The production values are suitably high, the costumes fittingly becoming and the cinematography superlatively sublime. By actively choosing to move the setting to a foreign land, which neither of his protagonists can truly call “home”, the director infuses the film with a melancholic air of dislocation, enabling the fog-shrouded city of Seattle to develop into more than simply the backdrop for their wistful reveries, but to become a character in-and-of-itself. The film would not be as rich – or at the very least, not quite the same – without these subtle, but telling variations, for which the director should be applauded.
Being fundamentally an extended conversation between two central protagonists, the production was fortunate to secure the services of Hyun Bin and Tang Wei in the leading roles, as their layered and nuanced performances carry the film masterfully.
Hyun Bin’s suave and sophisticated Hoon exudes an undeniable charm, as he refuses to take ‘no’ for an answer and slowly chips away at the target of his affection’s wary defenses, with his winning smile and original conversation.
A man on the run from past mistakes that are slowly catching up with him, he cannot help but empathize with this closed-off and distant stranger. Offering his “services” to Anna, he ably escorts her around the city she once knew so well, and helps her to come to terms with half-remembered memories from long ago. In the process we discover that there may just be more layers to this seemingly shallow man than we initially gave him credit for.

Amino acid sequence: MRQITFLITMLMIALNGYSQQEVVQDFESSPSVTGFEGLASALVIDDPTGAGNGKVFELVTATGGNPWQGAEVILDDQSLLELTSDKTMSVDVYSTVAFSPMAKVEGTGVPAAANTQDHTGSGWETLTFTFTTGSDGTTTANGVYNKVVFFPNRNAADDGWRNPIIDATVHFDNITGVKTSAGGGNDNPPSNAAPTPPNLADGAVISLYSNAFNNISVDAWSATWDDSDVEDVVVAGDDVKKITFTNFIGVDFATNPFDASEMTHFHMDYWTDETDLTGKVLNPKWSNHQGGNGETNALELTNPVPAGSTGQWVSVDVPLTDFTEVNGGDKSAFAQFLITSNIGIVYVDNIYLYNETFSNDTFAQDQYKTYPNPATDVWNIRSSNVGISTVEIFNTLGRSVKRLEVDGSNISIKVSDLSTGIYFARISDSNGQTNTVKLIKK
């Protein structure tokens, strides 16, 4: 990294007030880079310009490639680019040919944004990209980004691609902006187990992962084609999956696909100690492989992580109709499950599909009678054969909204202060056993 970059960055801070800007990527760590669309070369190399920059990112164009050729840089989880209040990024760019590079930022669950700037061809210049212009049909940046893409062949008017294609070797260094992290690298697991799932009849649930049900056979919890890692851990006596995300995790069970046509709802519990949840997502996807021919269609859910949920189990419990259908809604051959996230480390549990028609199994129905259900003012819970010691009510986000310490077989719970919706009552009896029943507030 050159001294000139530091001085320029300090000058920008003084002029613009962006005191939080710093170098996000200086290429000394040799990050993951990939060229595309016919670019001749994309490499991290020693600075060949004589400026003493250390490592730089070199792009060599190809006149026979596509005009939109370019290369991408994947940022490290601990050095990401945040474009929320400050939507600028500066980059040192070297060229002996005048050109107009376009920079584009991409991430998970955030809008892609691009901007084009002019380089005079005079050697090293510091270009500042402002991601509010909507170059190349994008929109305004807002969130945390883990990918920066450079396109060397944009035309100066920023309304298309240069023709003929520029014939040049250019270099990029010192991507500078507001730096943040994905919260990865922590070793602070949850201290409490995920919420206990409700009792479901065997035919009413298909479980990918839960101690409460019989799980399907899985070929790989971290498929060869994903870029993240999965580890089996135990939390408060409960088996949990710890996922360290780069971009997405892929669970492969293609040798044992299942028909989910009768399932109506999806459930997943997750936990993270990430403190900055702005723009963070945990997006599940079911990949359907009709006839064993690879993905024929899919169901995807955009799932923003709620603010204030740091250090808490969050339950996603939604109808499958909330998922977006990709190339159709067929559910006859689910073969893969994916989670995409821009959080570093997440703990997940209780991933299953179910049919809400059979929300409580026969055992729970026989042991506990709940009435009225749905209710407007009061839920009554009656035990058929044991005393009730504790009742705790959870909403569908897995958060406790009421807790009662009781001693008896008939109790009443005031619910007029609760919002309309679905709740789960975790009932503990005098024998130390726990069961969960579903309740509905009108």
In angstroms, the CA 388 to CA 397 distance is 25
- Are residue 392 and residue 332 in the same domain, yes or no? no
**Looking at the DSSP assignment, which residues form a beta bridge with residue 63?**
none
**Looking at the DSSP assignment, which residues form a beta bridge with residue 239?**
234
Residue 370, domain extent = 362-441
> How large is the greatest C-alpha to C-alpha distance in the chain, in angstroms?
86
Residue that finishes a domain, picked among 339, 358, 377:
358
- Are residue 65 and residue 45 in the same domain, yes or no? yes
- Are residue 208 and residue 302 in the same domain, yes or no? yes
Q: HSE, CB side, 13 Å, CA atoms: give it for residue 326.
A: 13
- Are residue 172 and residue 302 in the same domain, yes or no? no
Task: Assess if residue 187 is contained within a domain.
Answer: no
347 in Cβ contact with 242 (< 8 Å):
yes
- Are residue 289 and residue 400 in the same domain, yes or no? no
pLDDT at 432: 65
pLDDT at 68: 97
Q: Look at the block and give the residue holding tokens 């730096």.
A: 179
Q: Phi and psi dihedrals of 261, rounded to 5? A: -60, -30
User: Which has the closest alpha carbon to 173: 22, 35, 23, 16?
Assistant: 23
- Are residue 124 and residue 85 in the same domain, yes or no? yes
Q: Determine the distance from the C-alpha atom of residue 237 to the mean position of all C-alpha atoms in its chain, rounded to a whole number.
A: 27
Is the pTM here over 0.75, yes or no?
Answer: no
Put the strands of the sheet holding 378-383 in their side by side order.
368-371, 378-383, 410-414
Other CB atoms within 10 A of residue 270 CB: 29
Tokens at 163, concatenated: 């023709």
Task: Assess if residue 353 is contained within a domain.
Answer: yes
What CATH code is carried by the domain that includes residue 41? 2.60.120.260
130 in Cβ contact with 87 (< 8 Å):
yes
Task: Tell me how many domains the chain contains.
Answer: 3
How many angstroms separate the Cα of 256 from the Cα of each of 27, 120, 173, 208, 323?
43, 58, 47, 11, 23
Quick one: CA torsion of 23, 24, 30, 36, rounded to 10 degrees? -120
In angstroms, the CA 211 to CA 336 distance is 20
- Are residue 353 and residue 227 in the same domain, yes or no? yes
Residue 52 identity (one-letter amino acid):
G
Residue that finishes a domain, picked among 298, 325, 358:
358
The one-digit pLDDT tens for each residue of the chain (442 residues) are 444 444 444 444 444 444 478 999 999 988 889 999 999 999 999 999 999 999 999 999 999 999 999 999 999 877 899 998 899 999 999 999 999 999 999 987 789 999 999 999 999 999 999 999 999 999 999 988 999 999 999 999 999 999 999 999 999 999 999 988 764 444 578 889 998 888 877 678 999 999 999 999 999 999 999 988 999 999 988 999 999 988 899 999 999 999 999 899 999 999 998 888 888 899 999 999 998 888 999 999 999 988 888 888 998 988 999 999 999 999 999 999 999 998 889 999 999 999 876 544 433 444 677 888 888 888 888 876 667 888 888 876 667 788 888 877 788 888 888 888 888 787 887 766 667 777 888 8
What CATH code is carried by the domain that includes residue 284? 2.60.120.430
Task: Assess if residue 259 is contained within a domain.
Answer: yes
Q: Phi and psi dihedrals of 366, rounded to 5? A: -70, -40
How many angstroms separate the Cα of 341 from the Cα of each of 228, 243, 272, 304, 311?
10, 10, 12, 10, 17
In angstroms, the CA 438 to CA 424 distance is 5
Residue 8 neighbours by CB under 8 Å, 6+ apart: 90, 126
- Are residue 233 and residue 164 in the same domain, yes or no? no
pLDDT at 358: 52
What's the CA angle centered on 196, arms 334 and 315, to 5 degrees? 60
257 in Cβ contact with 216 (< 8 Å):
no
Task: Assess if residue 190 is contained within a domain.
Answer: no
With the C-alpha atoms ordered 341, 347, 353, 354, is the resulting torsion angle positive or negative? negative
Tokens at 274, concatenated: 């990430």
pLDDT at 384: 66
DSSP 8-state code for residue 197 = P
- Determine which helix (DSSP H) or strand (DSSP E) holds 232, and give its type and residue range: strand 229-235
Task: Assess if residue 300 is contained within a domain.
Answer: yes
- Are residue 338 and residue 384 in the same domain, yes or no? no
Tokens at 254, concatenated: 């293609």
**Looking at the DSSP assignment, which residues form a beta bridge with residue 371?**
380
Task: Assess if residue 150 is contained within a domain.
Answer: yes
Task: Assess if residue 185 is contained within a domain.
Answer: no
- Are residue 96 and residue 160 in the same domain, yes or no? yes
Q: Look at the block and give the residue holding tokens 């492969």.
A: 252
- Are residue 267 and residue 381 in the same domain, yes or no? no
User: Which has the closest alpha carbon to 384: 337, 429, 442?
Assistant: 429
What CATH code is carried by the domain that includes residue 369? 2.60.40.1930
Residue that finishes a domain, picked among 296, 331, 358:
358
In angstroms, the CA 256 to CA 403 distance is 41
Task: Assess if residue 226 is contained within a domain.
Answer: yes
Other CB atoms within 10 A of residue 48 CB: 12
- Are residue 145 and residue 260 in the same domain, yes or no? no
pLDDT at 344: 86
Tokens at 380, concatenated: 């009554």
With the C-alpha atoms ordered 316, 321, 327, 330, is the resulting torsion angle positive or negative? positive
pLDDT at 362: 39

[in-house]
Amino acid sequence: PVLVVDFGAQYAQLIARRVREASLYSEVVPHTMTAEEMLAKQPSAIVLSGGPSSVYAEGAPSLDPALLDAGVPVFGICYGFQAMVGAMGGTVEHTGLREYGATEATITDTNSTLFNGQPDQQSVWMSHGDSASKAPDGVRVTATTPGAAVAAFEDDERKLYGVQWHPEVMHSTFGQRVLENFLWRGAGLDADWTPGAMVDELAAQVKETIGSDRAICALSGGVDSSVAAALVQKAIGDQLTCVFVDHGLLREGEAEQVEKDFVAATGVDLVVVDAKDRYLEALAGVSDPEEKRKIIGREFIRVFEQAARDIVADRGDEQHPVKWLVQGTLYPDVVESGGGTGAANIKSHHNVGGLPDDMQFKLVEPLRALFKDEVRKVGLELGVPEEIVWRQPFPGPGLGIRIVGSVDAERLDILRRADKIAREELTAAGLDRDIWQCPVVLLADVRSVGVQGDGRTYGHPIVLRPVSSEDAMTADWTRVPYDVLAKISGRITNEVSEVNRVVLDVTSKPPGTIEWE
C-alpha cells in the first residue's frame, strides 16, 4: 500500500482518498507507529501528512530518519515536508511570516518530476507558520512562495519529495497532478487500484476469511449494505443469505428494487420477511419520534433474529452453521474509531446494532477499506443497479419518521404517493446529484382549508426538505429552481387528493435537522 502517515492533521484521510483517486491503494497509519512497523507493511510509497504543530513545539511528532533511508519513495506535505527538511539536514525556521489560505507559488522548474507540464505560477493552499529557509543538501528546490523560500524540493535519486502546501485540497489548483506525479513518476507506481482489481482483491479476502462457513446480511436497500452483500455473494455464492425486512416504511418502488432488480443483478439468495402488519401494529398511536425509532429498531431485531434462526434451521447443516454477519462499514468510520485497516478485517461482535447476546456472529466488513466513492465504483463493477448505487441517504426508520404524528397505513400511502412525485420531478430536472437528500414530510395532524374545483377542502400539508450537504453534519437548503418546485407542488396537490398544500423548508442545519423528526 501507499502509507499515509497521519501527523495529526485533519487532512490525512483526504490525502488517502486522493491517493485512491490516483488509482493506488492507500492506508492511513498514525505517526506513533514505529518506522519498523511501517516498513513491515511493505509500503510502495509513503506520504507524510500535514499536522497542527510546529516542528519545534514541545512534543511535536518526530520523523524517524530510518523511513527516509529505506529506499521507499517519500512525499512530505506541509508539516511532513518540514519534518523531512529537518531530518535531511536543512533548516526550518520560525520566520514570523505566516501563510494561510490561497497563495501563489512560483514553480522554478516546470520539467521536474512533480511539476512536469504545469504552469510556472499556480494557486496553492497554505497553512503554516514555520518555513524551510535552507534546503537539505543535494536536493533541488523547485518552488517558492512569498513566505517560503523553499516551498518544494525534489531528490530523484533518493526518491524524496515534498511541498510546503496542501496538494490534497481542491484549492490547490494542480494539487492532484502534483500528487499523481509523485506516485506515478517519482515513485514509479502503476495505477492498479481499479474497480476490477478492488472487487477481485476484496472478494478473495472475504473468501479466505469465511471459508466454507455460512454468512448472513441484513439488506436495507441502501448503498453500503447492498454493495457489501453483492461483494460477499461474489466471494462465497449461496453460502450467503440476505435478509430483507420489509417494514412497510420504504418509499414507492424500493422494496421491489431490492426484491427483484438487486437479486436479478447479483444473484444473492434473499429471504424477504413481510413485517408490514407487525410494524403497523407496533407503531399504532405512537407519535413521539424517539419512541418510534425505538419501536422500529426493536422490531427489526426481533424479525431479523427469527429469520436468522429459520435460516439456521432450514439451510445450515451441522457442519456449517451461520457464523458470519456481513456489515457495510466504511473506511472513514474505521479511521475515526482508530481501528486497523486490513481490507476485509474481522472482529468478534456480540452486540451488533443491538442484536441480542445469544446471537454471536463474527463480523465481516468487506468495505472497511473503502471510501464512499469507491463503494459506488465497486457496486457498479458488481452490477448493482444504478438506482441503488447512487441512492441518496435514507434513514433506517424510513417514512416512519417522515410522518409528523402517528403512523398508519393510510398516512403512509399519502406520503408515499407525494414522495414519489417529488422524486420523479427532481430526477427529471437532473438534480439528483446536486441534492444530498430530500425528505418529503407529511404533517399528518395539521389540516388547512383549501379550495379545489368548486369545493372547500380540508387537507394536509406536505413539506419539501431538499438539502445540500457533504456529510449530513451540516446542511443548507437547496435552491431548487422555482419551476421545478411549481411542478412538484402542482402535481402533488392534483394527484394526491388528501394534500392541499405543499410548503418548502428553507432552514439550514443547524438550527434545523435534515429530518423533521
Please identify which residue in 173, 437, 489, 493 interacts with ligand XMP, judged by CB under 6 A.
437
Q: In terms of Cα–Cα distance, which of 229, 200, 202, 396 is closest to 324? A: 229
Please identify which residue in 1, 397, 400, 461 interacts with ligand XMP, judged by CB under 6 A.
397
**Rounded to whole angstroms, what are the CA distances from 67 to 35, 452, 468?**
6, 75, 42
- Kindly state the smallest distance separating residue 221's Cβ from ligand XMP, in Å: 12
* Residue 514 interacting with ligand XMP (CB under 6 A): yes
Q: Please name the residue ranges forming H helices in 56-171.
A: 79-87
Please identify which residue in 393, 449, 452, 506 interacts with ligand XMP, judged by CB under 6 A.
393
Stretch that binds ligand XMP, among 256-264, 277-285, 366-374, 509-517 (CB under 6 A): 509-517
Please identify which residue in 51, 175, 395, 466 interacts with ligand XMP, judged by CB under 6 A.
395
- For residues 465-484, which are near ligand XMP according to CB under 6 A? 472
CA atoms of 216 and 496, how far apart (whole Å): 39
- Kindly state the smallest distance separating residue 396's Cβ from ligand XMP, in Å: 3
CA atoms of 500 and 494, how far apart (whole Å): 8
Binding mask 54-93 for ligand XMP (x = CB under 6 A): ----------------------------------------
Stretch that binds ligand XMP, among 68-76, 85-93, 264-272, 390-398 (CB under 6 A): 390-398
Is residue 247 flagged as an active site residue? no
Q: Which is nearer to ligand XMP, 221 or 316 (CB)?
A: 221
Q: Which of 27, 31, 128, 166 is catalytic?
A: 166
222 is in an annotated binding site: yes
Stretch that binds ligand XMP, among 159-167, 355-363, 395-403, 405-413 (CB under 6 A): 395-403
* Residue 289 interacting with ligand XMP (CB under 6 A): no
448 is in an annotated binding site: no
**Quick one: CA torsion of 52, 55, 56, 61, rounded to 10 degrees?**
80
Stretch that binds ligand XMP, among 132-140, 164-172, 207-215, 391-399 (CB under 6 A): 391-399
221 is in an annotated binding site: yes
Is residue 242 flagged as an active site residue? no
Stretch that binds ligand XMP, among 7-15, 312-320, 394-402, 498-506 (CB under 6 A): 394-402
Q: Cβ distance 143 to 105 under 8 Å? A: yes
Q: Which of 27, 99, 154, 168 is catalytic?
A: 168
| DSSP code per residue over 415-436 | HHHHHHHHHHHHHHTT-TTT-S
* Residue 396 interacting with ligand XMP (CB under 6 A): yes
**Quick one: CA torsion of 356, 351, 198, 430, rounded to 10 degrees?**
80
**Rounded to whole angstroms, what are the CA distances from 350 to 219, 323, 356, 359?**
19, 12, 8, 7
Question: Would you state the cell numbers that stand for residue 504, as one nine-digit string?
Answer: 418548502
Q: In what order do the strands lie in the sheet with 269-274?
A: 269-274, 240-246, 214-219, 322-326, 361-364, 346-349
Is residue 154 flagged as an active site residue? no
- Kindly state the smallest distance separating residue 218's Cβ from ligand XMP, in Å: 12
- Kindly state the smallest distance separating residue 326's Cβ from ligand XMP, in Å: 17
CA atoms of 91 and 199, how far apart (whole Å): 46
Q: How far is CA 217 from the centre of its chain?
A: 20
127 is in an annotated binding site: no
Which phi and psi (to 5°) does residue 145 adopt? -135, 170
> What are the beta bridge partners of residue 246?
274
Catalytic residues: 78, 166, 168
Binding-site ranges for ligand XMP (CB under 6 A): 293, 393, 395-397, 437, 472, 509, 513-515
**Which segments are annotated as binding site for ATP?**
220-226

In contrast, Tang Wei’s emotionally scarred and understandably guarded Anna, is a woman for whom life has not been kind. Being afforded her first taste of freedom from incarceration, after a crime of passion seven years earlier, we can understand her conflicting state of emotional fragility. Striving to cope under the sorrowful circumstances of her brief release and the inevitability of her return, she seeks solace and a sense of closure from her former life.
With nothing more than a subtle glance, we are made privy to the depths of her weary resignation and the fleeting embers of forgotten hope. It is as if all the sorrow in the world can well up in her eyes. Embodying a fragile grace that is tempered with an underlying sense of steely determination just below the surface, Tang Wei is nothing short of mesmerizing, and suitably won critical acclaim for her masterful portrayal.
This is not a film for everyone, as some may find its languid pace, and lack of frenetic action, difficult to endure. But if you consider yourself an observer of the human condition, concerned with the plight of two imperfect individuals simply trying to make their way in this so-called world of ours, then this might be just the story you have been looking for.
Poetically tragic and heartrendingly real, this is a study of silences and half-remembered conversations that possibly never were, with someone that may or may not have been. The closing epilogue is a simple paean to melancholic ennui. I will leave it at that. After all of the words that have been written – as inadequate as they are – this remains a film you must simply uncover and experience for yourself.
Watch this film if…
…you are still awaiting that long unexpected encounter, that might just provide the cathartic catalyst you have been searching for…